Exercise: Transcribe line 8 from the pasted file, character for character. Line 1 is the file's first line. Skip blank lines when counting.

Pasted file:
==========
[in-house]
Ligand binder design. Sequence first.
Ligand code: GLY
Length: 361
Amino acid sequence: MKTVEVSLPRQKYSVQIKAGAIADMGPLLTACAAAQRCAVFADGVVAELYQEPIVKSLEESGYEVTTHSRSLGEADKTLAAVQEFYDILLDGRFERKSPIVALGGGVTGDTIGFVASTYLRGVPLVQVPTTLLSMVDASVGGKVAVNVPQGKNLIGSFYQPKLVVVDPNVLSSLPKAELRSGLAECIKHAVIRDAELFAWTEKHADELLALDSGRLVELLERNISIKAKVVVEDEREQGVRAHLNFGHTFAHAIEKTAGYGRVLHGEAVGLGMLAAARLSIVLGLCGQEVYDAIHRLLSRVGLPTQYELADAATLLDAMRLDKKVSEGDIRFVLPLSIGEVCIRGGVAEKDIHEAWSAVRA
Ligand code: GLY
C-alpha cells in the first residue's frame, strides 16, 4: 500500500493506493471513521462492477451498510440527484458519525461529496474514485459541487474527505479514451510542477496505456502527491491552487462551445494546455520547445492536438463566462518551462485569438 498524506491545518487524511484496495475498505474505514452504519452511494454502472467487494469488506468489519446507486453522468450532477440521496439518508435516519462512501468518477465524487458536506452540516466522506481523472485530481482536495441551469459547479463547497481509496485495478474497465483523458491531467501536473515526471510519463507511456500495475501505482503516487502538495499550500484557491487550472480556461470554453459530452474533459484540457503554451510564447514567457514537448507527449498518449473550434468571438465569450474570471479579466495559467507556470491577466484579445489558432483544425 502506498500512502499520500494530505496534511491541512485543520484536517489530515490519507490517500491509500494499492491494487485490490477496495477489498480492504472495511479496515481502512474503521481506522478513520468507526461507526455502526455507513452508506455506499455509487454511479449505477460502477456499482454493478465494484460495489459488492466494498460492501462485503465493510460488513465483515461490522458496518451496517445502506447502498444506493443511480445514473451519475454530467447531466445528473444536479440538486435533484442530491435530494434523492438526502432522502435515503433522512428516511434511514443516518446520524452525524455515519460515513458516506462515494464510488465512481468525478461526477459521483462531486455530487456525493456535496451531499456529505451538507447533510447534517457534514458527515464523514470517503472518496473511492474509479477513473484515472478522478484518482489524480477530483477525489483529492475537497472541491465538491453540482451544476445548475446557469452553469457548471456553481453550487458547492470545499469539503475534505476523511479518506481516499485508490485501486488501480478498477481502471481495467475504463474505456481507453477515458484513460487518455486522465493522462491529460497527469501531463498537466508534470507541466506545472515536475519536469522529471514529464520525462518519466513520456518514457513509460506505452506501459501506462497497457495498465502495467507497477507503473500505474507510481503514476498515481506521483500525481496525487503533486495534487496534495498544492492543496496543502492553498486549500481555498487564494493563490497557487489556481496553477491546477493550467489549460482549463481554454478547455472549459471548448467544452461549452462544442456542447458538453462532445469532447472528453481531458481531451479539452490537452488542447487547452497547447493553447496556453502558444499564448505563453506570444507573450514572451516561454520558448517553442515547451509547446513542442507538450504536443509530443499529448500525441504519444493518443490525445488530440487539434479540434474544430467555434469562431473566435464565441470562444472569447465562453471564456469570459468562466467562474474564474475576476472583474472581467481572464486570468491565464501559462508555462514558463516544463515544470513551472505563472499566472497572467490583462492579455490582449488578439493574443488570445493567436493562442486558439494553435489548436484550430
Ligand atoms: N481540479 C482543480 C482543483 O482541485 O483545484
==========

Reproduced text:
Ligand atoms: N481540479 C482543480 C482543483 O482541485 O483545484